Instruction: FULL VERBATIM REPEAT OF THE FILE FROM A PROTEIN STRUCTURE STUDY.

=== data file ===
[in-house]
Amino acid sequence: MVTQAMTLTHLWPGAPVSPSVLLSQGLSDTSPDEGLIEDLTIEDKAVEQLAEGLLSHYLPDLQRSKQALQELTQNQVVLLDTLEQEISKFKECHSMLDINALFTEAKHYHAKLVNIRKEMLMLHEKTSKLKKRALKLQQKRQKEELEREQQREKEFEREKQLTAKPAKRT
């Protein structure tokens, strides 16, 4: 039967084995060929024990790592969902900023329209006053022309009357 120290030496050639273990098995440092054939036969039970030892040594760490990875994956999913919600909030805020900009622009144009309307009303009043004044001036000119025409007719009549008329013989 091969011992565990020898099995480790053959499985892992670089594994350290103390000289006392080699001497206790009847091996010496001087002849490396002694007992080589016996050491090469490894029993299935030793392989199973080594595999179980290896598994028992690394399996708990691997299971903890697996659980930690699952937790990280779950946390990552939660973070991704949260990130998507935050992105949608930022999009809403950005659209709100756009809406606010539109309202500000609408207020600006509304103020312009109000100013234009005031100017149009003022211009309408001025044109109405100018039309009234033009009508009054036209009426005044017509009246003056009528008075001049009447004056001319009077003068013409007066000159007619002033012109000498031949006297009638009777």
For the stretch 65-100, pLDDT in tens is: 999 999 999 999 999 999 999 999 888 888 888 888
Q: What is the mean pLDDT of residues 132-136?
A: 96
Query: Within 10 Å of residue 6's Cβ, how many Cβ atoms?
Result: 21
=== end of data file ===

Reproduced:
[in-house]
Amino acid sequence: MVTQAMTLTHLWPGAPVSPSVLLSQGLSDTSPDEGLIEDLTIEDKAVEQLAEGLLSHYLPDLQRSKQALQELTQNQVVLLDTLEQEISKFKECHSMLDINALFTEAKHYHAKLVNIRKEMLMLHEKTSKLKKRALKLQQKRQKEELEREQQREKEFEREKQLTAKPAKRT
């Protein structure tokens, strides 16, 4: 039967084995060929024990790592969902900023329209006053022309009357 120290030496050639273990098995440092054939036969039970030892040594760490990875994956999913919600909030805020900009622009144009309307009303009043004044001036000119025409007719009549008329013989 091969011992565990020898099995480790053959499985892992670089594994350290103390000289006392080699001497206790009847091996010496001087002849490396002694007992080589016996050491090469490894029993299935030793392989199973080594595999179980290896598994028992690394399996708990691997299971903890697996659980930690699952937790990280779950946390990552939660973070991704949260990130998507935050992105949608930022999009809403950005659209709100756009809406606010539109309202500000609408207020600006509304103020312009109000100013234009005031100017149009003022211009309408001025044109109405100018039309009234033009009508009054036209009426005044017509009246003056009528008075001049009447004056001319009077003068013409007066000159007619002033012109000498031949006297009638009777």
For the stretch 65-100, pLDDT in tens is: 999 999 999 999 999 999 999 999 888 888 888 888
Q: What is the mean pLDDT of residues 132-136?
A: 96
Query: Within 10 Å of residue 6's Cβ, how many Cβ atoms?
Result: 21